To Mrs. S. B. Shaw. Wayland, 1872. I wanted to write a hurrah as soon as it was certain the ship of state had safely passed that coalition snag, Referring to President Grant's reelection. but was prevented from time to time. Then came that awful fire in Boston, and put one out of the mood of hurrahing. But that conflagration, terrible as it was, was not so disastrous as would have been the restoration of Democrats and rebels to power. And not only have we cause for congratulation that a present danger is escaped, but we have reason to be devoutly thankful for this new proof that the people are capable of self-government. About the Society for the Prevention of Cruelty to Animals, you and I, as usual, agree. I have taken a lively interest in it, and have been a member of the Boston society from the beginning. I have not made up my mind about the Darwinian theory, but I have long felt that man does not sufficiently recognize his kindred with animals. If they were tende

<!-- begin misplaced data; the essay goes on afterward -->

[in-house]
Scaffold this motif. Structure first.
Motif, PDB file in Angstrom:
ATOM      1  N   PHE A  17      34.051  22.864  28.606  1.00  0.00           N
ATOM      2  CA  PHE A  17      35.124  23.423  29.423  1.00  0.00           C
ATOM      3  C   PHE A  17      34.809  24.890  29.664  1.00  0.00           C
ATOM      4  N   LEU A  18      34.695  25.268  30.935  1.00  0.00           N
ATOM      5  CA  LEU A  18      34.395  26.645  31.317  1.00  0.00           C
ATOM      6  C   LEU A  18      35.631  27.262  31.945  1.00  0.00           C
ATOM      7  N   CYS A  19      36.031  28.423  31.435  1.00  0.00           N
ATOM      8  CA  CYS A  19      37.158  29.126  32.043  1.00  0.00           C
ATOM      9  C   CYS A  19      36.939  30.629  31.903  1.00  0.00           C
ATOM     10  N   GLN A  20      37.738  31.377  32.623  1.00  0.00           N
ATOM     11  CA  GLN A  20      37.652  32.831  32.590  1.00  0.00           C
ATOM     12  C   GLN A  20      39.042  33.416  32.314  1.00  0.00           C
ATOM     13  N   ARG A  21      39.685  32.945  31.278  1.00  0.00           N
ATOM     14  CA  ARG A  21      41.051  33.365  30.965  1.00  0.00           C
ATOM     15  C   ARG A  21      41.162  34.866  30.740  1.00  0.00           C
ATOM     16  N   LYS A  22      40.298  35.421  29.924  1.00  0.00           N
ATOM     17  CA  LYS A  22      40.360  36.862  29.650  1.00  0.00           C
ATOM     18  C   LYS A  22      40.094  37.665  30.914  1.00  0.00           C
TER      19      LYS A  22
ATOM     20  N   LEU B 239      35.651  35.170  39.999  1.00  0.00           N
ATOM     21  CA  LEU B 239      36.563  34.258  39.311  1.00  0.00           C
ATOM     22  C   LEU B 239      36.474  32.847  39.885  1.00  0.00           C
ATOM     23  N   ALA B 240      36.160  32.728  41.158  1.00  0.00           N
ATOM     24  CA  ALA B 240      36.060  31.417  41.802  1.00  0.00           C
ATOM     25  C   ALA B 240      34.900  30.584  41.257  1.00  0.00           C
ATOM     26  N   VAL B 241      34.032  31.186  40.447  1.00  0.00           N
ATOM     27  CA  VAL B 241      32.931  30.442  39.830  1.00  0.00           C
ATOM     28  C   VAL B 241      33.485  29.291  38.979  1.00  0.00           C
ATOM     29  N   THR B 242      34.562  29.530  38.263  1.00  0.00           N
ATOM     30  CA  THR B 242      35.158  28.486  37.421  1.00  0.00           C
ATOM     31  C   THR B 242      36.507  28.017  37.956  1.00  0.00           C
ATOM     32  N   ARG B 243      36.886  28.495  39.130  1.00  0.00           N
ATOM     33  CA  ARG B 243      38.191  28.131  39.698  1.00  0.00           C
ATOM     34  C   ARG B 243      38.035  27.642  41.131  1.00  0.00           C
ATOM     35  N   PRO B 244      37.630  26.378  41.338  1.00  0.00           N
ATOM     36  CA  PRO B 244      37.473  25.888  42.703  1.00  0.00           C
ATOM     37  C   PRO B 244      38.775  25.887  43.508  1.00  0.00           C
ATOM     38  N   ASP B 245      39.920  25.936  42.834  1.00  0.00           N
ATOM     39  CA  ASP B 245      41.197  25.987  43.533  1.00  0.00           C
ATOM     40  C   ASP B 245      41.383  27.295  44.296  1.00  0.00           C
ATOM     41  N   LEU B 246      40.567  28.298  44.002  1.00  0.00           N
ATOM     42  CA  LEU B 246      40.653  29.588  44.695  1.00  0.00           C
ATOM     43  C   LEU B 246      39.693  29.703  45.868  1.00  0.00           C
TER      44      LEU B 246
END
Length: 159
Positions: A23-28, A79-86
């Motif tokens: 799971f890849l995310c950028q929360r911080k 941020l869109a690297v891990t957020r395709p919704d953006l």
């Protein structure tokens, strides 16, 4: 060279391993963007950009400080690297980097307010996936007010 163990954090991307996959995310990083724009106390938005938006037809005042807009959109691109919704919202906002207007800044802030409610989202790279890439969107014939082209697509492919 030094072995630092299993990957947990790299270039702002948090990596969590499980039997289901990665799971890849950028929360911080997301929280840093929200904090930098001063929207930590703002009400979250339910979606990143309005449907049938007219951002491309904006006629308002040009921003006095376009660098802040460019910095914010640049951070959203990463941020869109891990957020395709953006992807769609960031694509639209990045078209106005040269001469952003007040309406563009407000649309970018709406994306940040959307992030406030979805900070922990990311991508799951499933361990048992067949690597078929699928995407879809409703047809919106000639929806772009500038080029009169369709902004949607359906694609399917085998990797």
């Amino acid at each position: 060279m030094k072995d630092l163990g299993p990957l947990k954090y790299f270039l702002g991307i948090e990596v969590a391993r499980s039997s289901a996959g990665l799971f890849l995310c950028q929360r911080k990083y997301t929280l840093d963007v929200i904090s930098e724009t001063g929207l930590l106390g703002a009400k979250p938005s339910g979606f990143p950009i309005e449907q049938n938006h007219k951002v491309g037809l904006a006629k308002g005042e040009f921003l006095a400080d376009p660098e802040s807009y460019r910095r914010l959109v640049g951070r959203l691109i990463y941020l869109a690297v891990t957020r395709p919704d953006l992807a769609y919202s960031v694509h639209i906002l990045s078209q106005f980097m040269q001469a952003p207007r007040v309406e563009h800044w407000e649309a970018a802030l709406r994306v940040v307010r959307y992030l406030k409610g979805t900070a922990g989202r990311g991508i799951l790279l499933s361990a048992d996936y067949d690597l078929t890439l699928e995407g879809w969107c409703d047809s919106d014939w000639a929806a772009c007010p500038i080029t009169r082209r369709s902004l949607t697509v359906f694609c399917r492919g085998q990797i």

Lydia Maria Child, Letters of Lydia Maria Child (ed. John Greenleaf Whittier, Wendell Phillips, Harriet Winslow Sewall), To Mrs. S. B. Shaw. (search)
ow the real facts of the case; but this I do know, that General Jackson was in the habit of making nominal treaties with any Indians who could be brought by grog to sign a paper, which was forthwith declared to be an official treaty concluded with the government of the tribe. Just the same as if the government of France or England should enter into negotiations with General Butler, or Boss Tweed, and then claim that the arrangement was binding on the government of the United States. General Grant has disappointed me. His Indian policy looked candid and just on paper; but he does not seem to have taken adequate care that it should be carried out. The Modocs have formerly had a good name as peaceable neighbors; but they have been driven from place to place, and finally pushed into a barren corner, where the soil did not admit of their raising sufficient for a subsistence. They were driven to desperation by starvation, and wearied out with promises that were never fulfilled. Poor
Lydia Maria Child, Letters of Lydia Maria Child (ed. John Greenleaf Whittier, Wendell Phillips, Harriet Winslow Sewall), To the same. (search)